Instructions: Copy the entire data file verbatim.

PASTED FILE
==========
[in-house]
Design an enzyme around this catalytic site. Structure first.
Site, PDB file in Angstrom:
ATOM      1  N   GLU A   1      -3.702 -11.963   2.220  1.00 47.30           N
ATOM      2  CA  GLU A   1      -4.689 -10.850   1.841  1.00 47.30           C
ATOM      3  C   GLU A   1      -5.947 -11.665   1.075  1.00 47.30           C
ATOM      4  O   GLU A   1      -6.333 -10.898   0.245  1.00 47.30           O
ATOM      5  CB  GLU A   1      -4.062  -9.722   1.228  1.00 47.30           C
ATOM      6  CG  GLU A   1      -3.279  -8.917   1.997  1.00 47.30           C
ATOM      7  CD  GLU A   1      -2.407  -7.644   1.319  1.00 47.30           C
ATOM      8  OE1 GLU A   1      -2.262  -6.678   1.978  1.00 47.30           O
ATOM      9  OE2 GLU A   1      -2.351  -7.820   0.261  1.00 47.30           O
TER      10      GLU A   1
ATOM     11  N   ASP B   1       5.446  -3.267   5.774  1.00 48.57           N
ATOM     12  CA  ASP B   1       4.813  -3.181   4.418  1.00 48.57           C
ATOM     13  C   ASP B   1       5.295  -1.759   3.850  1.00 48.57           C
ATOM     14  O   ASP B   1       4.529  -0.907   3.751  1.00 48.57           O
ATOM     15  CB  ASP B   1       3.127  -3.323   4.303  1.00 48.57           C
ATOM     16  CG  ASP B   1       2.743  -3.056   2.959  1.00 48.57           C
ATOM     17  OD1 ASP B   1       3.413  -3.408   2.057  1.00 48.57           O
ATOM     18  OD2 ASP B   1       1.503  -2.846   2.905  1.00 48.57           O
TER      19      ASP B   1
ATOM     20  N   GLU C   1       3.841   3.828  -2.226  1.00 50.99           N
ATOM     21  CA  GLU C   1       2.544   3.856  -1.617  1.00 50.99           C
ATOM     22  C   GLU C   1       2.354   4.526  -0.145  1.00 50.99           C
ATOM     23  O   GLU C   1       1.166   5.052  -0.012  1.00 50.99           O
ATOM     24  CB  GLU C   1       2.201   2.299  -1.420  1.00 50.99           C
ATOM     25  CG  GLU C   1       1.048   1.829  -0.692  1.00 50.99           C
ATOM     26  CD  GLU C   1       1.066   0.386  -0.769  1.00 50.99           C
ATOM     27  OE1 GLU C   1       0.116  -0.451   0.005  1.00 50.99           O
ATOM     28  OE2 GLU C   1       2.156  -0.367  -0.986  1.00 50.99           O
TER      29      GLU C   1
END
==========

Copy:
[in-house]
Design an enzyme around this catalytic site. Structure first.
Site, PDB file in Angstrom:
ATOM      1  N   GLU A   1      -3.702 -11.963   2.220  1.00 47.30           N
ATOM      2  CA  GLU A   1      -4.689 -10.850   1.841  1.00 47.30           C
ATOM      3  C   GLU A   1      -5.947 -11.665   1.075  1.00 47.30           C
ATOM      4  O   GLU A   1      -6.333 -10.898   0.245  1.00 47.30           O
ATOM      5  CB  GLU A   1      -4.062  -9.722   1.228  1.00 47.30           C
ATOM      6  CG  GLU A   1      -3.279  -8.917   1.997  1.00 47.30           C
ATOM      7  CD  GLU A   1      -2.407  -7.644   1.319  1.00 47.30           C
ATOM      8  OE1 GLU A   1      -2.262  -6.678   1.978  1.00 47.30           O
ATOM      9  OE2 GLU A   1      -2.351  -7.820   0.261  1.00 47.30           O
TER      10      GLU A   1
ATOM     11  N   ASP B   1       5.446  -3.267   5.774  1.00 48.57           N
ATOM     12  CA  ASP B   1       4.813  -3.181   4.418  1.00 48.57           C
ATOM     13  C   ASP B   1       5.295  -1.759   3.850  1.00 48.57           C
ATOM     14  O   ASP B   1       4.529  -0.907   3.751  1.00 48.57           O
ATOM     15  CB  ASP B   1       3.127  -3.323   4.303  1.00 48.57           C
ATOM     16  CG  ASP B   1       2.743  -3.056   2.959  1.00 48.57           C
ATOM     17  OD1 ASP B   1       3.413  -3.408   2.057  1.00 48.57           O
ATOM     18  OD2 ASP B   1       1.503  -2.846   2.905  1.00 48.57           O
TER      19      ASP B   1
ATOM     20  N   GLU C   1       3.841   3.828  -2.226  1.00 50.99           N
ATOM     21  CA  GLU C   1       2.544   3.856  -1.617  1.00 50.99           C
ATOM     22  C   GLU C   1       2.354   4.526  -0.145  1.00 50.99           C
ATOM     23  O   GLU C   1       1.166   5.052  -0.012  1.00 50.99           O
ATOM     24  CB  GLU C   1       2.201   2.299  -1.420  1.00 50.99           C
ATOM     25  CG  GLU C   1       1.048   1.829  -0.692  1.00 50.99           C
ATOM     26  CD  GLU C   1       1.066   0.386  -0.769  1.00 50.99           C
ATOM     27  OE1 GLU C   1       0.116  -0.451   0.005  1.00 50.99           O
ATOM     28  OE2 GLU C   1       2.156  -0.367  -0.986  1.00 50.99           O
TER      29      GLU C   1
END